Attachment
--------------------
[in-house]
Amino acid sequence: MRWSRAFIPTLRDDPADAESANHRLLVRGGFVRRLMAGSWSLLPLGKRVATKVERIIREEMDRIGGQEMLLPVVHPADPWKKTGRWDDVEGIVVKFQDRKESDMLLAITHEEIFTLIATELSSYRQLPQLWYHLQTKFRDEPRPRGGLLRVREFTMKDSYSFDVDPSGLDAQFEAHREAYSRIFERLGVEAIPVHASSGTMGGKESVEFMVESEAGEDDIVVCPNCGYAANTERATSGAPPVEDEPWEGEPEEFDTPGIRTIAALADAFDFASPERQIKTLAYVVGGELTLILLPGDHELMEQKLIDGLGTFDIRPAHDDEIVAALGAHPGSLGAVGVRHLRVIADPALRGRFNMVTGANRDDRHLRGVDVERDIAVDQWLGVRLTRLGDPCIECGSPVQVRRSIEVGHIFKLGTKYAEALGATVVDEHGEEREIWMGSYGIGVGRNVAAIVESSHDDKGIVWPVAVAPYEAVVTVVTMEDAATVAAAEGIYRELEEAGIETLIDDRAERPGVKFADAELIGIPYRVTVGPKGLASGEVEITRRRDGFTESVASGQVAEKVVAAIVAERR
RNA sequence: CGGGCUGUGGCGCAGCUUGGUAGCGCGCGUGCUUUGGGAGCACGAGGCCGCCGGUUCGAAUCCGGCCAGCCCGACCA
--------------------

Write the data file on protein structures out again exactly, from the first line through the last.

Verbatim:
[in-house]
Amino acid sequence: MRWSRAFIPTLRDDPADAESANHRLLVRGGFVRRLMAGSWSLLPLGKRVATKVERIIREEMDRIGGQEMLLPVVHPADPWKKTGRWDDVEGIVVKFQDRKESDMLLAITHEEIFTLIATELSSYRQLPQLWYHLQTKFRDEPRPRGGLLRVREFTMKDSYSFDVDPSGLDAQFEAHREAYSRIFERLGVEAIPVHASSGTMGGKESVEFMVESEAGEDDIVVCPNCGYAANTERATSGAPPVEDEPWEGEPEEFDTPGIRTIAALADAFDFASPERQIKTLAYVVGGELTLILLPGDHELMEQKLIDGLGTFDIRPAHDDEIVAALGAHPGSLGAVGVRHLRVIADPALRGRFNMVTGANRDDRHLRGVDVERDIAVDQWLGVRLTRLGDPCIECGSPVQVRRSIEVGHIFKLGTKYAEALGATVVDEHGEEREIWMGSYGIGVGRNVAAIVESSHDDKGIVWPVAVAPYEAVVTVVTMEDAATVAAAEGIYRELEEAGIETLIDDRAERPGVKFADAELIGIPYRVTVGPKGLASGEVEITRRRDGFTESVASGQVAEKVVAAIVAERR
RNA sequence: CGGGCUGUGGCGCAGCUUGGUAGCGCGCGUGCUUUGGGAGCACGAGGCCGCCGGUUCGAAUCCGGCCAGCCCGACCA